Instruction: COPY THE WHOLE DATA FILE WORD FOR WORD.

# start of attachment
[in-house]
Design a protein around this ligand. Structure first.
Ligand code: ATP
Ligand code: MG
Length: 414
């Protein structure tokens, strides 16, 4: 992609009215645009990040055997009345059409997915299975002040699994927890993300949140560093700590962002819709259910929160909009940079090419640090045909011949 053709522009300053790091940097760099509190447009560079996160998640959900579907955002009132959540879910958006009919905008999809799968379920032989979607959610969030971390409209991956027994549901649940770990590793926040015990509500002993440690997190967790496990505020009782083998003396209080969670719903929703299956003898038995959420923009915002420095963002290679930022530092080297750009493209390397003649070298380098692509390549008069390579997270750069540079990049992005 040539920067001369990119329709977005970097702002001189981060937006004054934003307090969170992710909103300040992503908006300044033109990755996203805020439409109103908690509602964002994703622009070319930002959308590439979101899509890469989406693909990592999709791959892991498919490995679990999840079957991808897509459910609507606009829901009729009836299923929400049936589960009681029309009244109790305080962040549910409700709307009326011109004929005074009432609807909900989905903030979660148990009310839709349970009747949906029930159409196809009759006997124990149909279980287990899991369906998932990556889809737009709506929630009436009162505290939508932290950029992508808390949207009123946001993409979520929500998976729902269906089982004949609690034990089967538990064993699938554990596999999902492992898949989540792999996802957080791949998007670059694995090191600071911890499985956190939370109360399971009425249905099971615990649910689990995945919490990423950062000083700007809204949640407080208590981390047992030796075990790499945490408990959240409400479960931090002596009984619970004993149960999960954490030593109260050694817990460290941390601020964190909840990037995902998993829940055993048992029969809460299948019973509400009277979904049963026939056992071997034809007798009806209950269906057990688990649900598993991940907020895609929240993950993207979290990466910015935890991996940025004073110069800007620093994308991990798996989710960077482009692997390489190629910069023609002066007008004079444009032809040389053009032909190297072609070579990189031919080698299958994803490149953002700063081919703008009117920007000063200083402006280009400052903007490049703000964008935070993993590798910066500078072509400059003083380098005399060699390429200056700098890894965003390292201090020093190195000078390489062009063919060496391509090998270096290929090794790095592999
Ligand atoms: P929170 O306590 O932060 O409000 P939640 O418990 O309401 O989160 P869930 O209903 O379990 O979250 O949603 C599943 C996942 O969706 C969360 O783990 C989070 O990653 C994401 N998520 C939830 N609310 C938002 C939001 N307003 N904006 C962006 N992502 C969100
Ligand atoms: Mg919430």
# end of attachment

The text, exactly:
[in-house]
Design a protein around this ligand. Structure first.
Ligand code: ATP
Ligand code: MG
Length: 414
């Protein structure tokens, strides 16, 4: 992609009215645009990040055997009345059409997915299975002040699994927890993300949140560093700590962002819709259910929160909009940079090419640090045909011949 053709522009300053790091940097760099509190447009560079996160998640959900579907955002009132959540879910958006009919905008999809799968379920032989979607959610969030971390409209991956027994549901649940770990590793926040015990509500002993440690997190967790496990505020009782083998003396209080969670719903929703299956003898038995959420923009915002420095963002290679930022530092080297750009493209390397003649070298380098692509390549008069390579997270750069540079990049992005 040539920067001369990119329709977005970097702002001189981060937006004054934003307090969170992710909103300040992503908006300044033109990755996203805020439409109103908690509602964002994703622009070319930002959308590439979101899509890469989406693909990592999709791959892991498919490995679990999840079957991808897509459910609507606009829901009729009836299923929400049936589960009681029309009244109790305080962040549910409700709307009326011109004929005074009432609807909900989905903030979660148990009310839709349970009747949906029930159409196809009759006997124990149909279980287990899991369906998932990556889809737009709506929630009436009162505290939508932290950029992508808390949207009123946001993409979520929500998976729902269906089982004949609690034990089967538990064993699938554990596999999902492992898949989540792999996802957080791949998007670059694995090191600071911890499985956190939370109360399971009425249905099971615990649910689990995945919490990423950062000083700007809204949640407080208590981390047992030796075990790499945490408990959240409400479960931090002596009984619970004993149960999960954490030593109260050694817990460290941390601020964190909840990037995902998993829940055993048992029969809460299948019973509400009277979904049963026939056992071997034809007798009806209950269906057990688990649900598993991940907020895609929240993950993207979290990466910015935890991996940025004073110069800007620093994308991990798996989710960077482009692997390489190629910069023609002066007008004079444009032809040389053009032909190297072609070579990189031919080698299958994803490149953002700063081919703008009117920007000063200083402006280009400052903007490049703000964008935070993993590798910066500078072509400059003083380098005399060699390429200056700098890894965003390292201090020093190195000078390489062009063919060496391509090998270096290929090794790095592999
Ligand atoms: P929170 O306590 O932060 O409000 P939640 O418990 O309401 O989160 P869930 O209903 O379990 O979250 O949603 C599943 C996942 O969706 C969360 O783990 C989070 O990653 C994401 N998520 C939830 N609310 C938002 C939001 N307003 N904006 C962006 N992502 C969100
Ligand atoms: Mg919430």